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Insight: Big success for dealership with streamlined management structure

By Tony Willard

For 15 years Romford Mazda staggered along, failing to fulfil anything like its potential. Then, in 2007, two brothers acquired the business with a novel vision for success: there would be no managers apart from themselves.

With this unlikely platform the dea-lership in north-east Greater London made gradual progress, which five years on led to recognition by being named sales team of the year at the 2012 AM Awards in February.

That was not bad going for director and dealer principal Amarjit Shokar whose previous business experience was running convenience stores.

The remarkable transformation of the business, driven by Shokar in partnership with his brother Kam as fellow director/sales manager, was achieved with the retention of most of the original sales team.

After acquisition Amarjit Shokar gave employees a pay rise because he knew morale was low and then revitalised the team with his business plan (see panel, below). Only five team changes were made during the following five years at a dealership that used to be constantly weakened by staff churn.

Equality for employees

A receptionist was employed to ensure everyone entering Romford Mazda was dealt with properly and MSX International, the AM Awards auditors, was impressed by the team ethic.

Instead of having managers, each employee is equal and has a say in the running of the business.

All have a development pro-gramme to help them become more professional and they are expected to take full responsibility for playing their part in the company.

To achieve the move from the convenience store to heading a franchised dealership, Amarjit Shokar worked at a Volvo dealership from 1995 where he received training in all areas.

In 2007 he raised the money to buy Romford Mazda out of administration.

The business had declining sales. It was making a profit of around £60,000 a year – a mere £15,447 after tax in 2006.

Romford Mazda was possibly the manufacturer’s worst-performing outlet, in terms of both financial stability (precarious) and customer satisfaction (negligible).

Shokar believed the Mazda brand had the potential and saw how the franchise opportunity had been neglected. “It was difficult to understand the performance in a market area that had potential for sustainable growth,” he said.

“The business is now enjoying phenomenal success. The attitude of our team is extremely caring. We all treat the business as our own.”

MSX auditors could see how this culture and attitude contributed to the success and sustainability of the business through the difficult trading conditions that started with financial collapse of 2008, the year after Shokar bought it.

“The people we employ have become extremely good at what they do through training and because they care,” he said. “This is reflected in our internal customer satisfaction polls.”

3% sales return objective

Romford Mazda spent around £80,000 to modernise the dealership, and make it one of the best in the area, he says, with an objective of a 3% return on sales.

To do this, the Shokar brothers always aim to challenge their team to improve results, but in an environment they find fun to work in.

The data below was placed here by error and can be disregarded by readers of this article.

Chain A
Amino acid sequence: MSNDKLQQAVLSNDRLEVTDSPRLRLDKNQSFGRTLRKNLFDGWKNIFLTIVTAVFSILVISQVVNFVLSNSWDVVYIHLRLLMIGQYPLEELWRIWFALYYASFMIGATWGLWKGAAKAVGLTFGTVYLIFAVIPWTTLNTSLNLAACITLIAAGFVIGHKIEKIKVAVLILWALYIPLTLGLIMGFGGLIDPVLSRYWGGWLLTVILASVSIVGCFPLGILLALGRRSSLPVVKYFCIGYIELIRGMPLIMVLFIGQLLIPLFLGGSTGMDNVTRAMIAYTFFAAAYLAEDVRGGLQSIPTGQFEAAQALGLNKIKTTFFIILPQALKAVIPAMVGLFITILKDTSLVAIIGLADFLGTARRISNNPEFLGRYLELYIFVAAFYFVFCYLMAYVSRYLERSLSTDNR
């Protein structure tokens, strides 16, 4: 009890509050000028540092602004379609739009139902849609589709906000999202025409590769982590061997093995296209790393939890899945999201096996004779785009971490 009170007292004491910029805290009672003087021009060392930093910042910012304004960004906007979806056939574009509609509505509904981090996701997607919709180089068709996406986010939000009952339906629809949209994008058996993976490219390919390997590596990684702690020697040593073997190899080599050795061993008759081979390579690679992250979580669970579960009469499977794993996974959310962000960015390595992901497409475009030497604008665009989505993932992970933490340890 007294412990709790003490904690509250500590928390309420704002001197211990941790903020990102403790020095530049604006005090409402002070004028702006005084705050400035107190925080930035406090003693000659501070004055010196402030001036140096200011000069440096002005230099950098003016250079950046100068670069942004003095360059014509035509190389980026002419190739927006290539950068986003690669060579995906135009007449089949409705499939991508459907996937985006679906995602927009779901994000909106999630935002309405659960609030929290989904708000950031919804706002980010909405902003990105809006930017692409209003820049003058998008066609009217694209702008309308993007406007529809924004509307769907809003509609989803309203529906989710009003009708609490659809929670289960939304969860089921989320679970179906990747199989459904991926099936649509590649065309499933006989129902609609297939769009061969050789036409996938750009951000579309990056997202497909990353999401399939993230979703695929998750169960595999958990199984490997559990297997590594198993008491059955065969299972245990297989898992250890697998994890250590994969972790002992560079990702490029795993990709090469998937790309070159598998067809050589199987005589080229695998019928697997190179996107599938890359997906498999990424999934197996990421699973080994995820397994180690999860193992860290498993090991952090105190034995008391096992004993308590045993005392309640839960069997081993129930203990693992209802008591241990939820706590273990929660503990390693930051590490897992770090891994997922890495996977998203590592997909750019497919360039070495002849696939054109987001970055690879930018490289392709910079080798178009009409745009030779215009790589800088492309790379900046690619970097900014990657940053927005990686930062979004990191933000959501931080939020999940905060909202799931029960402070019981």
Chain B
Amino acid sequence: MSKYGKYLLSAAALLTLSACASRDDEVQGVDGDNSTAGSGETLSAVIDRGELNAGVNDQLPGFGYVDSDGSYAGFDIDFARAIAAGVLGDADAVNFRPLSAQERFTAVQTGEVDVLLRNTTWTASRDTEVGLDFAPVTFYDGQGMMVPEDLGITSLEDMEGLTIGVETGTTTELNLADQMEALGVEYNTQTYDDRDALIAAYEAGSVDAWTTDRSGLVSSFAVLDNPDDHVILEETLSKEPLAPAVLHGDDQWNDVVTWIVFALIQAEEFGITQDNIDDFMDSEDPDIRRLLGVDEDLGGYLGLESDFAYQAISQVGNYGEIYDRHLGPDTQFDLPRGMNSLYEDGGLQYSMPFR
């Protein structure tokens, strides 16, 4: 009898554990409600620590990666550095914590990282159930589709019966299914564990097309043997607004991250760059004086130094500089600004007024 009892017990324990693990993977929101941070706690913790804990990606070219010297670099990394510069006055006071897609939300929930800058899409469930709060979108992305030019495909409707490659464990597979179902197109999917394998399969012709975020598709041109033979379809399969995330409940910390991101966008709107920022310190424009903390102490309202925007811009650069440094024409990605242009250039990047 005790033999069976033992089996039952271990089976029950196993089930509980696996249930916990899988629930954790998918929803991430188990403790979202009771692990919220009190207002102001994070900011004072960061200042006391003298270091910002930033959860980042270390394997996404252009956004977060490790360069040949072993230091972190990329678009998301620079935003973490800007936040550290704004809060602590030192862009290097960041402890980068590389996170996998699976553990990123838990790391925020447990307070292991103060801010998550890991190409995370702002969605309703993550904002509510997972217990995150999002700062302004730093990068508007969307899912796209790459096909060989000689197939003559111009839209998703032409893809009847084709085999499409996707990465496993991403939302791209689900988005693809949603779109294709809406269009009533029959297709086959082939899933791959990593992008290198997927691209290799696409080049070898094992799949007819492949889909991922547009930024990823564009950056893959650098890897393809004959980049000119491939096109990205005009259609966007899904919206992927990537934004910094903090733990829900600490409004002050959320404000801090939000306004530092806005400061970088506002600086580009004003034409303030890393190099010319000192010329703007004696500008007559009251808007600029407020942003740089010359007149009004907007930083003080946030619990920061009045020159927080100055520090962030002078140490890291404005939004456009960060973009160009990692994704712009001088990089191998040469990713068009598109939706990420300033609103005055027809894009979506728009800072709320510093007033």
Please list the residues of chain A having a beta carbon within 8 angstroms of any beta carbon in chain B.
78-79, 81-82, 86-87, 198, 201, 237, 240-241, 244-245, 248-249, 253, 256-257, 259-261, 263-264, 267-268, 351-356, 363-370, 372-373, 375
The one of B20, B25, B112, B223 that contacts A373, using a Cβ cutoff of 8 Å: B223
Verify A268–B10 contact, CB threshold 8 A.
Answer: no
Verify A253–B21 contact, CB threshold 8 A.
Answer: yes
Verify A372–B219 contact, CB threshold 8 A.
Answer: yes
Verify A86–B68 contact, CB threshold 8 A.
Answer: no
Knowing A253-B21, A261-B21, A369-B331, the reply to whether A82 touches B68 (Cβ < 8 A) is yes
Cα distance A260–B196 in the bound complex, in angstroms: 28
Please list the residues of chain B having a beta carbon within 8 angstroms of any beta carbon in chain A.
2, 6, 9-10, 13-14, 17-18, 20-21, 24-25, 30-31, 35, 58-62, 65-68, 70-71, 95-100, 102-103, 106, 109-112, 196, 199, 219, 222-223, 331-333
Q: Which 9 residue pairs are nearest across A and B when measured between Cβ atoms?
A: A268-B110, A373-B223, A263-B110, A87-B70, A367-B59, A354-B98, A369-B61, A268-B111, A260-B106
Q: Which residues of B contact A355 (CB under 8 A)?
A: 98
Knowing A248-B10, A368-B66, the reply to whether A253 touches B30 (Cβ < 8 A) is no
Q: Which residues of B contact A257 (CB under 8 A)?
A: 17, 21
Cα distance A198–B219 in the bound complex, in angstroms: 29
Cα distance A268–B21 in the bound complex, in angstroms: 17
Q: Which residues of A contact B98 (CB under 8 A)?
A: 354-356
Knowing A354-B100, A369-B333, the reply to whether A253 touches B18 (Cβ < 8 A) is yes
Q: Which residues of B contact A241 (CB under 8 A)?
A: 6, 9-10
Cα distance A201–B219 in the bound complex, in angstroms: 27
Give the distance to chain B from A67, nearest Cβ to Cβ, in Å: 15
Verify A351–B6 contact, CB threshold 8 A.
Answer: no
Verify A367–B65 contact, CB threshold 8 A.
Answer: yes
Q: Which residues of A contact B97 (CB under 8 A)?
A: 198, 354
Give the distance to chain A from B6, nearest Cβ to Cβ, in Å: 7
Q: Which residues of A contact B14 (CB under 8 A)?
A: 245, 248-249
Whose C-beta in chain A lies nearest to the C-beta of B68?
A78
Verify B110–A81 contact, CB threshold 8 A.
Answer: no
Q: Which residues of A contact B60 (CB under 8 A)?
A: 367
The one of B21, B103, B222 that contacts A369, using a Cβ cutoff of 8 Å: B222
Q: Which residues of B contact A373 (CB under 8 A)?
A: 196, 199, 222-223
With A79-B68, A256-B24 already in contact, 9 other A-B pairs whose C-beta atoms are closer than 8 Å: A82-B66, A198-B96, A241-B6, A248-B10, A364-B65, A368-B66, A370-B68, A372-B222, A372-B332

Amarjit said both sales and aftersales revenue have increased by between 80% and 90%. He aims for winning relationships with all cust-omers and suppliers and a key component of the business is that satisfaction reports must be in the upper quartile of all dealers.

“One never gets a second chance to make a first impression,” he said. “It starts with customers being able to park with ease, and ensuring our showroom and displays are always immaculate.

“Each customer’s requirements must be qualified quickly and with an appropriate course of action. This applies to everything.”

The Shokar brothers’ long-term ambitions include adding an adjacent location/dealership, developing economies of scale and reducing costs.

Romford Mazda is in a shopping parade and close to the M25 and A12. In 2006 the dealership sold 241 new and used cars, increased by the Shokars in their first year to 545 vehicles. In 2008 there were 744 sales and in 2009 this rose to 966. In 2010 it was 843.

The increase in sales meant it was creating a potential for additional aftersales revenue. Two more technicians were employed to make a team of five.

“We continued to focus on aftersales, which we believe is key to sustainable profit in all areas of the business.

“Our customers have confirmed that price is important, but confidence, trust, level of service and dealership environment all play a large part in the decision when people consider where to take their car.

Customers are travelling past other Mazda dealerships to visit us and this reinforces our view that staff attitude and enthusiasm are important.”

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  • APC1953 - 09/10/2012 07:38


  • Alfa racer - 09/10/2012 20:11

    The fact that clients deal with the Salesman from start to finish is a huge plus.It creates "flow" and is much more profesional that being passed from pillar to post.

  • kevthebass - 10/10/2012 09:20

    At last a DP that understands, and applies the basics: customer parking at a dealership? How rare is that. Most bays are usually stuffed with used stock! Aftersales and trust; so contrary to the "only as good as last week's figures" short term sales driven approach by dealer groups. Customers WILL come back if you treat them properly, they DON'T have to buy a car on the first visit, would you? No. There's been virtually no money in new cars for years, nice to see that the importance of aftersales is genuinely understood, and not just given lip service.Great job.

    • APC1953 - 10/10/2012 09:33

      @kevthebass - This is the model of what a dealership should be about and that is the customer.